Draft Outcome = f(Team Strategy, Pick Number of Team’s Highest Selection, Number of First-Round Picks)
The inclusion of the latter two variables is important and necessary, as a team’s place in the draft order and their number of first-round picks—including compensatory and competitive balance selections—control for each club’s level of resources available in the draft. A team’s position in the draft is particularly important in this analysis, as most clubs in the first 3-5 picks have employed an underslot strategy to considerable savings; as a result, it is necessary to control for draft pick position when evaluating the effectiveness of team strategy.
DATA & RESULTS
Table 1 (below) provides a summary perspective of the data analyzed in this study. The top panel of the table provides the grade point average for MLB teams based on the strategy they employed with their highest selection; teams that failed to sign their top pick are excluded from the analysis. In the four drafts between 2012 and 2015, the results indicate that Baseball America’s retrospective draft grades are nearly identical for each of the three strategies. While the overslot strategy may have a slightly higher GPA (2.54), the small sample of observations and minute disparities between the three groups fail to indicate any statistically significant differences between the three strategies (F=0.21).
The bottom panel of Table 1 presents the average number of prospects, by tier, which was selected and signed using each of the three draft strategies between 2012 and 2014. A couple of outcomes stand out. First, teams that employ an underslot strategy end up with a larger number (average=4.00) of good prospects when compared to teams using a nearslot (2.92) and overslot (2.38) approach. This difference is statistically significant with greater than 99% confidence (F=5.79). Second, teams that employ underslot and overslot strategies have higher rates of procuring an elite prospect from a draft class when compared to teams who use a nearslot approach, however the differences are small and not statistically significant (F=0.75).
While initially insightful, the findings in Table 1 ignore the potential influence of differences in teams’ initial draft capital derived from initial draft position and the number of first-round picks available to each club. Table 2 (below) therefore presents the results of the regression model as it used to predict the determinants of Baseball America’s grades for each team’s 2012-15 draft classes. The results demonstrate that the draft strategy that a team employs has no statistically significant effect on their draft grade years later. Instead, the only variable that has a statistically significant impact on a team’s draft grade is its number of first-round picks. The coefficient on this variable indicates that each additional first-round pick improves a team’s retrospective draft grade, on average, by 0.339; this roughly equates to a one-grade improvement (e.g., a B to a B+). The coefficient on the position of a team’s highest draft selection is predictably negative—indicating that higher pick numbers are associated with lower grades—but the effect falls just outside the bounds of statistical significance (p=0.128); it is possible that another year’s worth of data could nudge the effect into a significant range.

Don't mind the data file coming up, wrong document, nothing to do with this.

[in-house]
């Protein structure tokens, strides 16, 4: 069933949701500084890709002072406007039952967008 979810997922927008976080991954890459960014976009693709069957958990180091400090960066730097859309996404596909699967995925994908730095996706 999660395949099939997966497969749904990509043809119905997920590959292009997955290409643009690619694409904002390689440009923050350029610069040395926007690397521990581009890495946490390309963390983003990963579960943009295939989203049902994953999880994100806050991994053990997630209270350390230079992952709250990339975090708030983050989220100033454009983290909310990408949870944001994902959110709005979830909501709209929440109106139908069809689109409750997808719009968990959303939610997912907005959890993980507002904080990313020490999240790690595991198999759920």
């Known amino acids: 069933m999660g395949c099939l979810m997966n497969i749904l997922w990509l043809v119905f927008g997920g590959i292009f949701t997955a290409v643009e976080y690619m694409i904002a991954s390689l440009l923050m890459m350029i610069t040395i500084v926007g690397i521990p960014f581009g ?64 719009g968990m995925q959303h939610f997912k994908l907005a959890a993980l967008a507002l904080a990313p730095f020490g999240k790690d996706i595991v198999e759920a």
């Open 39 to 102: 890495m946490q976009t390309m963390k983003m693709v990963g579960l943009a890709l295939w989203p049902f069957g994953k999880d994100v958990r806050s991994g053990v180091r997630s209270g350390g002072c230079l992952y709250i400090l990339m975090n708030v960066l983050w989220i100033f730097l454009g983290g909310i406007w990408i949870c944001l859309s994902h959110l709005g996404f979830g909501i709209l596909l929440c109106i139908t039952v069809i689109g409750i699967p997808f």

Turning to the number of prospects by tier that a team procures from a draft, the results from Table 3 (below) reveal a fascinating—but expected—story. Holding a team’s draft capital constant, the regression results indicate that MLB clubs that utilize an underslot strategy with their first pick are likely to acquire a higher number of good prospects from their draft class when compared to overslot and nearslot approaches; the effect is statistically significant with 95% confidence. In contrast, MLB clubs that employ an overslot strategy have an increased probability of procuring an elite prospect from their draft class when compared to an underslot approach; this effect is also statistically significant with 95% confidence.
Examining the regression models in Table 3 more closely, the results in the first column demonstrate that every variable in the model has predictive power in determining how many good prospects that a team is able to acquire in the draft; the coefficients also meet a priori expectations for direction and magnitude. Teams that pick earlier in the draft (i.e., lower numbers) procure more good prospects, all else equal. Further, each additional first-round pick is associated with an additional 0.637 good prospects; given the three-year developmental rate of first-round picks, that ratio seems appropriate. Finally, the variables on draft strategy indicate that teams employing an underslot approach procure 1.124 more good prospects compared to overslot teams, holding all else equal. Further, underslot strategies produce 0.730 more of these prospects when compared to nearslot clubs. Again, all effects are statistically significant with at least 95% confidence.